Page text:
Ask Judge Smith – My average work week: what the job entails

Question: “Judge Smith, how many hours a week do you work?” – Lyla

It depends.

I directly control the number of hearings and trials I set each week.

I have no control over new case assignments, same-day emergency hearings, and same-day filers. 

I am more familiar with my last docket, so I’ll answer your question based on it.

When I handled Leon County’s civil lawsuits, I held hearings and trials every other week.   

I know how long a hearing should take based on decades of experience and am efficient at spacing my day.

Being prepared allows me to listen and go straight to the heart of the matter.

Each day, when I arrived at work, I had a set schedule. I calendared 1 to 16  hearings per day, depending on the complexities involved. 

It takes me two to three hours of work studying casefiles and doing legal research for every hour I spend in court. 

Each workday sprung new matters too.

I fielded emergency motions, which I reviewed the same day and scheduled for a hearing within days.

The legislature required me to hear some cases more quickly than others by statute.  

Too often, parties filed lengthy position papers on the day of their hearings.

By then, I had already prepared. I used any spare time between hearings to read the new material.

Most days, I ate lunch at my desk, doing the extra reading and research. 

My office reserved early mornings, late afternoons, and Fridays for writing orders.

We scheduled hearings I expected to run long at the end of the day to provide extra time to finish.   

My office scheduled 8-12 trials per cycle, and I lined up as many courtrooms and judges as needed.

The parties settled most of their cases in response, and I tried two or fewer lawsuits per trial week.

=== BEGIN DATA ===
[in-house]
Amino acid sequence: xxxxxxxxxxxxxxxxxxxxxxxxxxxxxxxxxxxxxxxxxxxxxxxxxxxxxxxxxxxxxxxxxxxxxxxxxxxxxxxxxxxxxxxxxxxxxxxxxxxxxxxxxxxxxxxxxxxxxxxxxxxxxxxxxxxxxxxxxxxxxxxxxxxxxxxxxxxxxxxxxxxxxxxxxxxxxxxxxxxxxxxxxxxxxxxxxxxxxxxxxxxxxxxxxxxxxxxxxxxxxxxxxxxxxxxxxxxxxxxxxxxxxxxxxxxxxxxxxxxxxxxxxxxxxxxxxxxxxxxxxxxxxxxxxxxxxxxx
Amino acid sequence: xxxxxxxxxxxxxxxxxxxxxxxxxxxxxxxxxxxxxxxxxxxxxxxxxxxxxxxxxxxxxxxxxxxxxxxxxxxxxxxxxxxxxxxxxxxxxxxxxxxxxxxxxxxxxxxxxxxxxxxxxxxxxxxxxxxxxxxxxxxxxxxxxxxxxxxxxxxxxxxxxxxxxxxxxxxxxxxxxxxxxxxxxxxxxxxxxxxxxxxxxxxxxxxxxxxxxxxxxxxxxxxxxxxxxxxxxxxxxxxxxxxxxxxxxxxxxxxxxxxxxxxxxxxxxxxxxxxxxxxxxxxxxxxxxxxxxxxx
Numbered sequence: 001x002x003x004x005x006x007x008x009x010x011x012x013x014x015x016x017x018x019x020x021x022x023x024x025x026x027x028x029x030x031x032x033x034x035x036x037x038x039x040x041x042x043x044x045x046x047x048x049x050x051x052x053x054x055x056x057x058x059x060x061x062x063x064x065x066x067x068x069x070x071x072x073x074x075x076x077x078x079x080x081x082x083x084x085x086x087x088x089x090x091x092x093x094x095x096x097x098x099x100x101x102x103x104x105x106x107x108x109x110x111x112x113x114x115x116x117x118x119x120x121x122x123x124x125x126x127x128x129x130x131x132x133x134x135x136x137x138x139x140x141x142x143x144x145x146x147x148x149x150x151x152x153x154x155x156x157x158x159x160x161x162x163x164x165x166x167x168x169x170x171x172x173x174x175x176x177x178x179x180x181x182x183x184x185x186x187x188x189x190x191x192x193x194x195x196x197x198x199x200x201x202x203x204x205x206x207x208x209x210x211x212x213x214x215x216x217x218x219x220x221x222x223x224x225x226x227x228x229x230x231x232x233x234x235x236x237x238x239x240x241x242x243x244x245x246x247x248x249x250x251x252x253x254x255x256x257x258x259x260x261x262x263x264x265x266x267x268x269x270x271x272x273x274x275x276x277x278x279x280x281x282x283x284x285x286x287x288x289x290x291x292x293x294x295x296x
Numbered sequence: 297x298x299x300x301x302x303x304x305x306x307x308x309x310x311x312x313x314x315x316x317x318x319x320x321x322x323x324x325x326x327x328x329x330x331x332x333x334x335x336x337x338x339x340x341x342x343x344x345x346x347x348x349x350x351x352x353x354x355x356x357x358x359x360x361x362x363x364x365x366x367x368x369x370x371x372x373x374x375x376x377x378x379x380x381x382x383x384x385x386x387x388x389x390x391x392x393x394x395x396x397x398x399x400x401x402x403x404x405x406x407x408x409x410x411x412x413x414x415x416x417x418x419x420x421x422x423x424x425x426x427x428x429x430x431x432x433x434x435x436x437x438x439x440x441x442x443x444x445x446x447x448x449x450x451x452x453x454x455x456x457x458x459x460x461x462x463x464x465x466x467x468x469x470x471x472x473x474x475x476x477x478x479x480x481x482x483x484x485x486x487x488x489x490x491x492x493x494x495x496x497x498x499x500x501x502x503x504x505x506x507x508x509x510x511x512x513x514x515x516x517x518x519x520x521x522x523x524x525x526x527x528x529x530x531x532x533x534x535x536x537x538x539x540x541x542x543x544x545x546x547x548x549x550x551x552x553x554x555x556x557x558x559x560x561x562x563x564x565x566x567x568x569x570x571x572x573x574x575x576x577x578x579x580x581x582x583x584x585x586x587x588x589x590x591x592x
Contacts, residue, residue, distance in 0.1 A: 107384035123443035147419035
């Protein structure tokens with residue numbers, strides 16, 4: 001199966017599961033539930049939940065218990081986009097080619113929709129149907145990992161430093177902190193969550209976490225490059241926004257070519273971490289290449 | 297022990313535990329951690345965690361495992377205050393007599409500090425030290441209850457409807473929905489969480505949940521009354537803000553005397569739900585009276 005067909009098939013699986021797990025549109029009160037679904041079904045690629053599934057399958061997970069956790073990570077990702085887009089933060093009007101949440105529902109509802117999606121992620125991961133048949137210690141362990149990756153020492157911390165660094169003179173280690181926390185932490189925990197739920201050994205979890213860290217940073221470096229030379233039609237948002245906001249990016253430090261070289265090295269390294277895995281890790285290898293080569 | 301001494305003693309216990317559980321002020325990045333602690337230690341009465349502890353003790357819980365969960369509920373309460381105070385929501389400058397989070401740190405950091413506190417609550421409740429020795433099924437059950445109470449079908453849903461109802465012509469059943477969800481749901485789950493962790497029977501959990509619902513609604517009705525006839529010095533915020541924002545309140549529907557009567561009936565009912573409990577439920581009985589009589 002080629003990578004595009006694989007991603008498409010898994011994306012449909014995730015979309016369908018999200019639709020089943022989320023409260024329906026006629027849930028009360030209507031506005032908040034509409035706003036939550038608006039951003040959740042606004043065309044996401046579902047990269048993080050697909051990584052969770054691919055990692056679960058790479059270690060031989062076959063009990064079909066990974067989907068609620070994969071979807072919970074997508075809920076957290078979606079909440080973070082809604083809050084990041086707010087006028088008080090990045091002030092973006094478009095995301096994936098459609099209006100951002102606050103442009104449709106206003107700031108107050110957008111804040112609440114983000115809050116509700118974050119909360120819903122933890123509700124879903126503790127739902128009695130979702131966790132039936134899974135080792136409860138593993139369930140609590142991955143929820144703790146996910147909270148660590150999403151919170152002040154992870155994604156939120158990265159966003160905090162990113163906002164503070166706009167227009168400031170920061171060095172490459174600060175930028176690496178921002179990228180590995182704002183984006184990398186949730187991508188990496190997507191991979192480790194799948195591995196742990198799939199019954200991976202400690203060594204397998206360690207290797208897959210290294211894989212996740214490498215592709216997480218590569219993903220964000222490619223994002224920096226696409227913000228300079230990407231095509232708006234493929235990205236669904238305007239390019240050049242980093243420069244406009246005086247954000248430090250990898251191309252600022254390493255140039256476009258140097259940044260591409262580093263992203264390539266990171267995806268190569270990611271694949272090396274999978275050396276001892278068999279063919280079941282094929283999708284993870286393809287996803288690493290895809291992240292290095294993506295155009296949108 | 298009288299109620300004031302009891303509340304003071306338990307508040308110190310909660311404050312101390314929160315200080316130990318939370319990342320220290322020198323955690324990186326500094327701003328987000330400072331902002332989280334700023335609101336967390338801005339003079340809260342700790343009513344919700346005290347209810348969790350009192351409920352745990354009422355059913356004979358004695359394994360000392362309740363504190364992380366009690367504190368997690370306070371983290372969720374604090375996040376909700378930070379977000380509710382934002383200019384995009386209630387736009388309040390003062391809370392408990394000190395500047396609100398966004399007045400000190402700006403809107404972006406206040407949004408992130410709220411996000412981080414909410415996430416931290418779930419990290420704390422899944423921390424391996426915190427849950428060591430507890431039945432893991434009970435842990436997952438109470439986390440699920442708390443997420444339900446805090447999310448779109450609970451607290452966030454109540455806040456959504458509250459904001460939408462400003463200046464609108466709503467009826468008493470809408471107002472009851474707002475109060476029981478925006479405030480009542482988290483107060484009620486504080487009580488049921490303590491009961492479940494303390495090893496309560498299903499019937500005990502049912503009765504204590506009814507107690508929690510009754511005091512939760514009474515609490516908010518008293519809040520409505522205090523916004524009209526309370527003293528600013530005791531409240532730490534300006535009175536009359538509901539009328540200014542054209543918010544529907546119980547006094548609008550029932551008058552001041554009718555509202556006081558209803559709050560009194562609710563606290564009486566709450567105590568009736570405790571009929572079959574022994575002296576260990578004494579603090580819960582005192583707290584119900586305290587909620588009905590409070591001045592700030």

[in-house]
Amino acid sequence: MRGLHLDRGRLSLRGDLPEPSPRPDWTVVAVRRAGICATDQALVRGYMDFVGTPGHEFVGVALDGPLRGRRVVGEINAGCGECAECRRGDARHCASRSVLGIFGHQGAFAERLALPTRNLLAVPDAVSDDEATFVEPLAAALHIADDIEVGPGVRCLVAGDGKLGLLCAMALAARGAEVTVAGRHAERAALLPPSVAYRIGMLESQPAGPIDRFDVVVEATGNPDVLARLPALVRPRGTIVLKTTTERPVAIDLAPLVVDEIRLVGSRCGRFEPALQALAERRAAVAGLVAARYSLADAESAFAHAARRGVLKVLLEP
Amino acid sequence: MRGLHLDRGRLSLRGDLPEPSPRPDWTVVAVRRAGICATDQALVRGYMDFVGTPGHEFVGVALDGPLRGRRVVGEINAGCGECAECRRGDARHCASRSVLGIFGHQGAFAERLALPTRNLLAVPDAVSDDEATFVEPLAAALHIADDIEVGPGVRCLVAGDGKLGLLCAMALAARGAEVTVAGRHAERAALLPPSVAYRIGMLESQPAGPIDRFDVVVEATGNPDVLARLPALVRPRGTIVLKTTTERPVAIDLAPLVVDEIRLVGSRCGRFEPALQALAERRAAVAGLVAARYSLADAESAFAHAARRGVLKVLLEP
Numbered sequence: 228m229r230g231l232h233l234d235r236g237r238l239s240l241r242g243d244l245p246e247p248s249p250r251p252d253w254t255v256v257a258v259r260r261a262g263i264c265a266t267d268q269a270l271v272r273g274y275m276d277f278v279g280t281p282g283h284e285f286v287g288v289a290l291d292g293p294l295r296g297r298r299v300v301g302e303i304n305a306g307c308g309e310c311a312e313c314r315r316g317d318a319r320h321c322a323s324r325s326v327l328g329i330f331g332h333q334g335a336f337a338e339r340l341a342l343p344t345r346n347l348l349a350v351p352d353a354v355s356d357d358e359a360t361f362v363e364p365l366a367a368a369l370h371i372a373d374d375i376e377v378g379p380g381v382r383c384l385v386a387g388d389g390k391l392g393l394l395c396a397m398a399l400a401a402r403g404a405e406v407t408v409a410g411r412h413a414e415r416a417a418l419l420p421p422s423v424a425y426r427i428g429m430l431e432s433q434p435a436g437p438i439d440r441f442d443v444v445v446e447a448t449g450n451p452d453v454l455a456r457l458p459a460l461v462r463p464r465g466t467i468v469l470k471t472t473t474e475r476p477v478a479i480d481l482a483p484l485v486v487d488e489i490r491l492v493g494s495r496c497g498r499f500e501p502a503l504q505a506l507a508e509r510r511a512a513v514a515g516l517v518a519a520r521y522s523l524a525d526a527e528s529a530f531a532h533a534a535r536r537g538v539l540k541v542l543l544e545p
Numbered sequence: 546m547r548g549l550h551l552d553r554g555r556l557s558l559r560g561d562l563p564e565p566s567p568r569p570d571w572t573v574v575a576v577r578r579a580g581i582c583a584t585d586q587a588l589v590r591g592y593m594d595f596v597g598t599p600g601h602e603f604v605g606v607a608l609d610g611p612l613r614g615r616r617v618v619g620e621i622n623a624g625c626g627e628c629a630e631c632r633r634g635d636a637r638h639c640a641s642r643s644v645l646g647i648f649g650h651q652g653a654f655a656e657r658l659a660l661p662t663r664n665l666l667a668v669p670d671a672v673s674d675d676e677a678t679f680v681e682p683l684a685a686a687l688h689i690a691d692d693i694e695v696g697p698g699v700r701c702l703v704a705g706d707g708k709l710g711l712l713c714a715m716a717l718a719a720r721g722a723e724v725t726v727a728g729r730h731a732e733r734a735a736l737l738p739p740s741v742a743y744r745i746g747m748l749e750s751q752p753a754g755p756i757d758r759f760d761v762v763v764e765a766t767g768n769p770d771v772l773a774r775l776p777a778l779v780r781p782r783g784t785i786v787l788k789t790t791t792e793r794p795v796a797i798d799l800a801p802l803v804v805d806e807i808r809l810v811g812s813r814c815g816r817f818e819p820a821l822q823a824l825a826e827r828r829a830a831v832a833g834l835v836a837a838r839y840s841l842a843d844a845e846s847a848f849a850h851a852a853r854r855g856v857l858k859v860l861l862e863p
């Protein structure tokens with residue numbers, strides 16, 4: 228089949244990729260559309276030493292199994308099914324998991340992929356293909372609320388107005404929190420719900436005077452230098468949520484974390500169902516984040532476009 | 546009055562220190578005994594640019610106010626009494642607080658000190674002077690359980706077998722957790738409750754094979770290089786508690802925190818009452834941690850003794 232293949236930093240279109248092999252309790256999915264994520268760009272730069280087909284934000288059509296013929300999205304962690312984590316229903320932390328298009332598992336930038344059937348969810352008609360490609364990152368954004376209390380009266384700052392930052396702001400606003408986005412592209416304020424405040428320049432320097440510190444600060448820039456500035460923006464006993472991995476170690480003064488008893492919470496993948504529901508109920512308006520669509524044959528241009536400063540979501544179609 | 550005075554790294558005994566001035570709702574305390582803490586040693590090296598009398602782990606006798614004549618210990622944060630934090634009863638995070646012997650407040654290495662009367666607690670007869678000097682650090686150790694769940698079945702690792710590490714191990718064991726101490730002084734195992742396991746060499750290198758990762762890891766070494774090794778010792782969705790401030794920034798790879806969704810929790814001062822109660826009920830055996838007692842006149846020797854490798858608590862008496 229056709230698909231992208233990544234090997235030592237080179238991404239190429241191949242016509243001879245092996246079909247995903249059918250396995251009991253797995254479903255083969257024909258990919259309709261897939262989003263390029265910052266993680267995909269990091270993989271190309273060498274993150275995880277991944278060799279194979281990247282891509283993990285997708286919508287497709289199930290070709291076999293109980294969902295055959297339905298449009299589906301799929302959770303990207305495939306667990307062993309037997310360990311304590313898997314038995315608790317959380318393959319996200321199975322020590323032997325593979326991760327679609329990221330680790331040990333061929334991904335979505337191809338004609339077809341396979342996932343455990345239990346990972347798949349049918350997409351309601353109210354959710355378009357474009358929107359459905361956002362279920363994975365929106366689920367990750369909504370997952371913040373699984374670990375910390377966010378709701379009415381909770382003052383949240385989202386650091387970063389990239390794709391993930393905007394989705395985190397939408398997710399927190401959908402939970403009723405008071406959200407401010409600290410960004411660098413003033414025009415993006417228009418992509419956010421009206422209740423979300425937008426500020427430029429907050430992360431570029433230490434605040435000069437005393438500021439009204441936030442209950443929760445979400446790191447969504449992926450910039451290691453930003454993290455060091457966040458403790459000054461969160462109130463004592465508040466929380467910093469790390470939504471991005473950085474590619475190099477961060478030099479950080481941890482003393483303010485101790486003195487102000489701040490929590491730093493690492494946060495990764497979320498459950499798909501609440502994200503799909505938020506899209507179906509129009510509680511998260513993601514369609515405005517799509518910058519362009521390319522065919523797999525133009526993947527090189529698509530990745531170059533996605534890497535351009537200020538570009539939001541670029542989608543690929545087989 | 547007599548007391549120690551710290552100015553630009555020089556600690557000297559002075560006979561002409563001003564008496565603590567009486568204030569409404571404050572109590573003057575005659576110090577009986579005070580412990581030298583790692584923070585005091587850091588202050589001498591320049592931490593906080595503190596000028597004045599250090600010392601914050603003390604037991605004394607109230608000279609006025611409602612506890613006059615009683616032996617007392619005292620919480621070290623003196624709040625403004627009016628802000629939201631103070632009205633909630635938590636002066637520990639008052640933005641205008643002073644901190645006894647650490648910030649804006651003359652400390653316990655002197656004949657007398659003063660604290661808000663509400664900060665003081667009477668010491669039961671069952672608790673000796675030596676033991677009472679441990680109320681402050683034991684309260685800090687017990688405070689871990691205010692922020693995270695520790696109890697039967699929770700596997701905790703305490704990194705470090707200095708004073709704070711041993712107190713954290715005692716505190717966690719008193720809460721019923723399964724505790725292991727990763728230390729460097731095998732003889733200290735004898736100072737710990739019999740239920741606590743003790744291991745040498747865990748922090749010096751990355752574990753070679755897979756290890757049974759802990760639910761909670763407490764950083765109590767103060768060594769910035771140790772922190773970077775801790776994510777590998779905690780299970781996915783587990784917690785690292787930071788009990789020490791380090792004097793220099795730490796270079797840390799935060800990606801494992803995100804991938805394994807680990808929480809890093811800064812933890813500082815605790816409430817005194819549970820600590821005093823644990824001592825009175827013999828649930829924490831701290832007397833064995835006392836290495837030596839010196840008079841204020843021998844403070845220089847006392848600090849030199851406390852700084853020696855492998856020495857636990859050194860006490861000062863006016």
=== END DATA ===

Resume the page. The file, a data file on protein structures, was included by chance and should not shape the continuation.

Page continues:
When I try a case, my workday begins at 7:30 a.m. and runs as late as 9 p.m.

The lawyers and I work during breaks.

When I was a private practice trial lawyer, I worked 60-80 hours per week, and I work no less now.

Owning a law firm and being a judge are both seven-days-per-week jobs.

Efficiency and productivity are musts.

I read over 1,500 pages from casefiles and the law each week, covering early mornings, late evenings, and weekends.

I wrote and signed dozens of orders each day.

My subconscious mind continued to mull over cases even when I wasn’t on the clock.

If I had a work epiphany, I stopped what I was doing and followed through.     

My office backfilled the time that opened on my calendar due to settlements and cancellations.

Otherwise, I used any free time between hearings to read, write, and research the law.  

 I had to multi-task to get the job done, and I cared about justice and getting it right.

I am grateful for the opportunity to serve you.

I’ll let you know how my current docket shapes up when I fully grasp it.

The Honorable J. Layne Smith is a Circuit Judge, bestselling author, and public speaker. – Send questions to


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